Arts, Media, and Entertainment

Lions, Witches, and Wardrobes

Apart from The Lord of the Rings trilogy, it’s hard to imagine a film carrying a greater set of expectations than The Lion, the Witch, and the Wardrobe. The film, which opens tomorrow, is being touted by some Christians as a sort of “magic bullet” that will change the way Hollywood goes about its business. Well, that would be good, and one thing you should do is brave the long lines and see this film. But that’s getting ahead of ourselves. If Christians should have learned anything about movies and their impact on culture, the first question that needs to be answered is the most important one: Is the movie any good? Well, the critics have spoken. Their answer is a resounding “yes!” And I agree. The BBC called the film a “bracing adventure” and a “beautiful realization” of Lewis’s book. The newspaper Guardian called it “miraculously complete,” adding that it possesses the kind of humor that makes belief possible. Closer to home, Roger Ebert and Richard Roeper gave the movie two enthusiastic “thumbs up.” Ebert called it “kinder and gentler” than The Lord of the Rings while remaining “scary and imaginative.” Ebert commended the filmmakers for telling the story at Lewis’s prescribed pace and not adding “senseless action scenes.” Nearly all of the critics singled out Tilda Swinton’s performance as the White Witch. The BBC called her performance a “pristine picture of evil.” The Guardian called it “her finest hour,” adding that “her statuesque hauteur and that otherworldly presence are sublimely right here.” Even her wardrobe, which Ebert characterized as “Bob Mackie”—the designer nicknamed the “Sultan of Sequins”—“goes to the North Pole,” adds to the effect. Similarly, Georgie Henley is the perfect Lucy: a mixture of wonder, goodness, courage, and loyalty. Of course, Christians want to know if the film remains faithful to Lewis’s book. I agree with Roeper who says that the book’s Christian themes have not been “watered down for mass consumption.” At the same time, the film avoids being preachy. The themes are here for people with eyes to see and ears to hear. There are only two things I would change: The music doesn’t rise to the standard set by Howard Shore in The Lord of the Rings. And it didn’t help matters that the song played over the closing credits—sung by female angst-rocker Alanis Morrisette—sounded suspiciously like a hymn to female empowerment. And the Aslan of the film, while a wonder of special effects, isn’t awe-inspiring. While the children and the good animals love and respect him, the only person who seems in awe of him is the White Witch. There’s no real sense in which Aslan, as Lewis wrote, “isn’t a tame lion.” But given the filmmakers’ superlative efforts, I suspect that the problem may lie in the nature of filmmaking. How do you portray awe onscreen? Maybe that’s something you can only do in books. And that brings me to what our expectations for the Narnia films ought to be. Having been introduced to Lewis’s wondrous Narnia, audiences will want more: not just of Narnia, but also of the rest of Lewis’s opus, where a change more wondrous than anything in Narnia awaits them.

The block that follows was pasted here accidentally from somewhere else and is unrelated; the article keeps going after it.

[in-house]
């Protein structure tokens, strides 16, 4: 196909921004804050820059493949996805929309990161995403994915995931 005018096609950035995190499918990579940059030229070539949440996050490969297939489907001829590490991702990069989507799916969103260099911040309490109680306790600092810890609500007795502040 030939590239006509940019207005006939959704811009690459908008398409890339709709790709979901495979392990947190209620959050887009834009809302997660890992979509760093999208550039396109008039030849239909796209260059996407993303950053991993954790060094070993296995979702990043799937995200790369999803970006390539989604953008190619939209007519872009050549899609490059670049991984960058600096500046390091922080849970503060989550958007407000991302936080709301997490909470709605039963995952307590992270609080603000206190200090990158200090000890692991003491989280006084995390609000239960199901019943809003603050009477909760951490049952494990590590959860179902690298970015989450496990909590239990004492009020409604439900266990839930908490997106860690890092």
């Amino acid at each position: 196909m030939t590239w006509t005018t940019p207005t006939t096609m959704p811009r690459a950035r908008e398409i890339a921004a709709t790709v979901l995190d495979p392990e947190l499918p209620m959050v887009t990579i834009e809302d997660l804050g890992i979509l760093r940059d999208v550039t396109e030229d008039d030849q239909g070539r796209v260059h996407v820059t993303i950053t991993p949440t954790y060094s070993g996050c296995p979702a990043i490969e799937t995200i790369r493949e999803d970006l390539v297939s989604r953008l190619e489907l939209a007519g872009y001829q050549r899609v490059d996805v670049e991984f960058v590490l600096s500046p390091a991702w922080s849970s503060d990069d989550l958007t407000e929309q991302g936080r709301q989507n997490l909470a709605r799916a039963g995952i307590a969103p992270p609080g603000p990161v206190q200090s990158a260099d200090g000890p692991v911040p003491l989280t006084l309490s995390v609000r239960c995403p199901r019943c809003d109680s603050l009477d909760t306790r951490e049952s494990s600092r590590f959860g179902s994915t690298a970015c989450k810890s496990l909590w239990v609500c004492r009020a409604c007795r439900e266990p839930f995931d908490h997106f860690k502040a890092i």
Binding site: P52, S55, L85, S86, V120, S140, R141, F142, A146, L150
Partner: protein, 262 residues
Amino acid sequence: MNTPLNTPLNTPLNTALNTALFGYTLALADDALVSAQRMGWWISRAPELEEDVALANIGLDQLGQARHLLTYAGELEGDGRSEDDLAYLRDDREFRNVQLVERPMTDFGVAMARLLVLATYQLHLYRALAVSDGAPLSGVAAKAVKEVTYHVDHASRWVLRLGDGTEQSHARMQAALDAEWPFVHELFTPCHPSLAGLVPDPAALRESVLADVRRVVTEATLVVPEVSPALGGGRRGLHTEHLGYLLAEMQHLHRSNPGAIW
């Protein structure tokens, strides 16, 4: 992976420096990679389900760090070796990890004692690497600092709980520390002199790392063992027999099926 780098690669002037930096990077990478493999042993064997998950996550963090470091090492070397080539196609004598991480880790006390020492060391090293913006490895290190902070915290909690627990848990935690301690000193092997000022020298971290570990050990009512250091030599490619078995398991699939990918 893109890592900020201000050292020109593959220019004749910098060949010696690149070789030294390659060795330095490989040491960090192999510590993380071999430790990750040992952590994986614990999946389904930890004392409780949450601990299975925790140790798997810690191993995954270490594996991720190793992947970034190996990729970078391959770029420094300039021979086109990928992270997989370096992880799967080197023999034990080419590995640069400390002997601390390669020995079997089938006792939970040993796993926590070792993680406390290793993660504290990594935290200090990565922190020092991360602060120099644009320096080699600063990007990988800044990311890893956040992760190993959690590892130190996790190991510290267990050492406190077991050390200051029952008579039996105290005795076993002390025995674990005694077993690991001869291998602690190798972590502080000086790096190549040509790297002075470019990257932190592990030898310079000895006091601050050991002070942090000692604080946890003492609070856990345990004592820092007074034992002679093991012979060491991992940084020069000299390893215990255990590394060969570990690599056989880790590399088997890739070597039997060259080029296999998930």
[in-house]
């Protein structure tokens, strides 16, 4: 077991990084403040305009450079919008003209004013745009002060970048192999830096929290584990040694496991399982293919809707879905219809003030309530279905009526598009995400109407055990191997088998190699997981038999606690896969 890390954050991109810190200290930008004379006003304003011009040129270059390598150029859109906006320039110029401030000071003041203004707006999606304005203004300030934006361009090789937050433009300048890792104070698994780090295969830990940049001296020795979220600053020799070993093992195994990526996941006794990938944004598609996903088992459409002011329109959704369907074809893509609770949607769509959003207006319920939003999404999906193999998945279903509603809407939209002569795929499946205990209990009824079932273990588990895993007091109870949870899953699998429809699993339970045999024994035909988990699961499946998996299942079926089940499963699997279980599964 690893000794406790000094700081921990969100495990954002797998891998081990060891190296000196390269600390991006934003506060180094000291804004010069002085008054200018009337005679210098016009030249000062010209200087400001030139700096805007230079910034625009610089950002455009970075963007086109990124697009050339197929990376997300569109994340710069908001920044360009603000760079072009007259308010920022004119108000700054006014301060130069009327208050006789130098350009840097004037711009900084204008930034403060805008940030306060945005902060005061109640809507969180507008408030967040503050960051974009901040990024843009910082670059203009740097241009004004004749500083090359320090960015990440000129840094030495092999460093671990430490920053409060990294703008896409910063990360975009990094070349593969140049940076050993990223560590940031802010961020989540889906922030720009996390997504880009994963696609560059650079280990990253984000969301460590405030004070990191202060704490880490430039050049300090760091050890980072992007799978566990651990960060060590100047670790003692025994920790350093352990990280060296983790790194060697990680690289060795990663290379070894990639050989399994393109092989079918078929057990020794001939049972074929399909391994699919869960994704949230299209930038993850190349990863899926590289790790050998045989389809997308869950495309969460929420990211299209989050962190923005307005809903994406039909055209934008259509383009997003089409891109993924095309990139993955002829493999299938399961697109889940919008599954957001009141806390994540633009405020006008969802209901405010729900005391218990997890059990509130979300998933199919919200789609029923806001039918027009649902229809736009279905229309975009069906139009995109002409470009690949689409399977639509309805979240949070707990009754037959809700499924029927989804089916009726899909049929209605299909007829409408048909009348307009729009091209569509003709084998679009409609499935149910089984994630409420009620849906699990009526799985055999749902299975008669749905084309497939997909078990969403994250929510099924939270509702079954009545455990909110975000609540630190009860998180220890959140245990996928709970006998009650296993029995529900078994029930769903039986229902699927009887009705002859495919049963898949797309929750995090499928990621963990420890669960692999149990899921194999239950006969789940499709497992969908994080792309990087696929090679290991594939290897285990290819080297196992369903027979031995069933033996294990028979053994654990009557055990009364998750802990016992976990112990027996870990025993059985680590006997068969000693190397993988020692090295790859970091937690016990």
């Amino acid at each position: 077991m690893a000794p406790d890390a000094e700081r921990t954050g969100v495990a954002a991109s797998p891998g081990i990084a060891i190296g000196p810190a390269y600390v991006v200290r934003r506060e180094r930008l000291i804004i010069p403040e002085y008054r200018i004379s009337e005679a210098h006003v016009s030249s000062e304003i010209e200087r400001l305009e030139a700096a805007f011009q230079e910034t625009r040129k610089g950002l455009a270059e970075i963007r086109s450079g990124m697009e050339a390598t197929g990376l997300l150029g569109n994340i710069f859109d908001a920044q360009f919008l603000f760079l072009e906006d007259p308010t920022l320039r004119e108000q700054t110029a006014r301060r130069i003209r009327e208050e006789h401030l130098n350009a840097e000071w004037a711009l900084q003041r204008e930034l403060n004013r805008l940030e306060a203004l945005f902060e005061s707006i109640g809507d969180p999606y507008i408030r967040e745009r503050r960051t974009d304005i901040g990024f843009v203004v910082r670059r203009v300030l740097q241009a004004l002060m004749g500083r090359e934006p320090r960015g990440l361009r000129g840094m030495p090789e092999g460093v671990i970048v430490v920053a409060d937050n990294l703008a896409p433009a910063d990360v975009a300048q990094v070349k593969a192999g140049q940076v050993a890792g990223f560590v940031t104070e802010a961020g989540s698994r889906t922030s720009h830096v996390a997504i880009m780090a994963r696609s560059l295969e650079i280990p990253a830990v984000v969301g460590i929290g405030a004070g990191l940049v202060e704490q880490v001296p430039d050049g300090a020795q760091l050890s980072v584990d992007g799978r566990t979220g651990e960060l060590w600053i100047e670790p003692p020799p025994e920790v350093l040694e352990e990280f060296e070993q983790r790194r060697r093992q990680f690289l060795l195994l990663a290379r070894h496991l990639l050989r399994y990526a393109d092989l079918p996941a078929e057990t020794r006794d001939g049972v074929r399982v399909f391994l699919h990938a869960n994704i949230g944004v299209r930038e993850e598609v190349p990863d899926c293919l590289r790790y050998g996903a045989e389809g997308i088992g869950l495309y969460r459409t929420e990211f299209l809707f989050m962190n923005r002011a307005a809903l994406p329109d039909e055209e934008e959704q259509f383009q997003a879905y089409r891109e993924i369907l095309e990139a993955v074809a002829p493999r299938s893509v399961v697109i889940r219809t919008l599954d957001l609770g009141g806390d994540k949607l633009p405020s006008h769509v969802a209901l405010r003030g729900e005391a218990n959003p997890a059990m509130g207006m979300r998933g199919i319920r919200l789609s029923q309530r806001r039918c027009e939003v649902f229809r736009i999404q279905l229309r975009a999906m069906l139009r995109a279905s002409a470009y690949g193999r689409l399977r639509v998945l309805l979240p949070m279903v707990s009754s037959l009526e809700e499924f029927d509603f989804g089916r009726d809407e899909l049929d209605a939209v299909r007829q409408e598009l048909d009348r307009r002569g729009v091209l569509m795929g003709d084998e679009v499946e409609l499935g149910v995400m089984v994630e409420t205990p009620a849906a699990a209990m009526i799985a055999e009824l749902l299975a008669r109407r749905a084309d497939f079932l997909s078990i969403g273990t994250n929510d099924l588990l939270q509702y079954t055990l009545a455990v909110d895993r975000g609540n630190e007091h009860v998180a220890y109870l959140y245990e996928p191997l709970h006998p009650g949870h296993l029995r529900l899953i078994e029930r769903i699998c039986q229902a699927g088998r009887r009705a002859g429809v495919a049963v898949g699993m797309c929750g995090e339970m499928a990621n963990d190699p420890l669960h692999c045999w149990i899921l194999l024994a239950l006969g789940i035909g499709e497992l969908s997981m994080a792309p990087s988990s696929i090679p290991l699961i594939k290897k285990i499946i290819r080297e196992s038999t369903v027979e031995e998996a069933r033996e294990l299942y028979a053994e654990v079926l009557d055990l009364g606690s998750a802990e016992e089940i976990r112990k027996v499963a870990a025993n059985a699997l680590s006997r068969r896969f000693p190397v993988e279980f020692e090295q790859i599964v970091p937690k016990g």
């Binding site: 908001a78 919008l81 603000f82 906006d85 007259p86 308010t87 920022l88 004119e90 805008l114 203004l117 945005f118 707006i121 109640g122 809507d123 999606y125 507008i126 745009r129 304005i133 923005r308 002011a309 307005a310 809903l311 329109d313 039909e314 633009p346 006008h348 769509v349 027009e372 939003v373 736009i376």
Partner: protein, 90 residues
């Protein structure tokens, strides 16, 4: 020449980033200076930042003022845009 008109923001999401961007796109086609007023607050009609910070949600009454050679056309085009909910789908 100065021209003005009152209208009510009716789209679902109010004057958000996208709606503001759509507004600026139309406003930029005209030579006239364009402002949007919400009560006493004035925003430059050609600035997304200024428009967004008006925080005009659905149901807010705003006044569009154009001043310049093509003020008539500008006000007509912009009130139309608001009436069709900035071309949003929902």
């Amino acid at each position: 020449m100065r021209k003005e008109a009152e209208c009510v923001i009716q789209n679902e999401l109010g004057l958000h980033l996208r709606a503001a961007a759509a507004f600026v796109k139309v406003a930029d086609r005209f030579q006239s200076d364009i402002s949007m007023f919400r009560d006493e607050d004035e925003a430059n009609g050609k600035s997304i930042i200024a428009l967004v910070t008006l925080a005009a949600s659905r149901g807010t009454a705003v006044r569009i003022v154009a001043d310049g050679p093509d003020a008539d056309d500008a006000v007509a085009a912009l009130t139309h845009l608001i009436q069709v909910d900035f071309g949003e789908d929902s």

Chuck Colson


  • Facebook Icon in Gold
  • Twitter Icon in Gold
  • LinkedIn Icon in Gold

Sign up for the Daily Commentary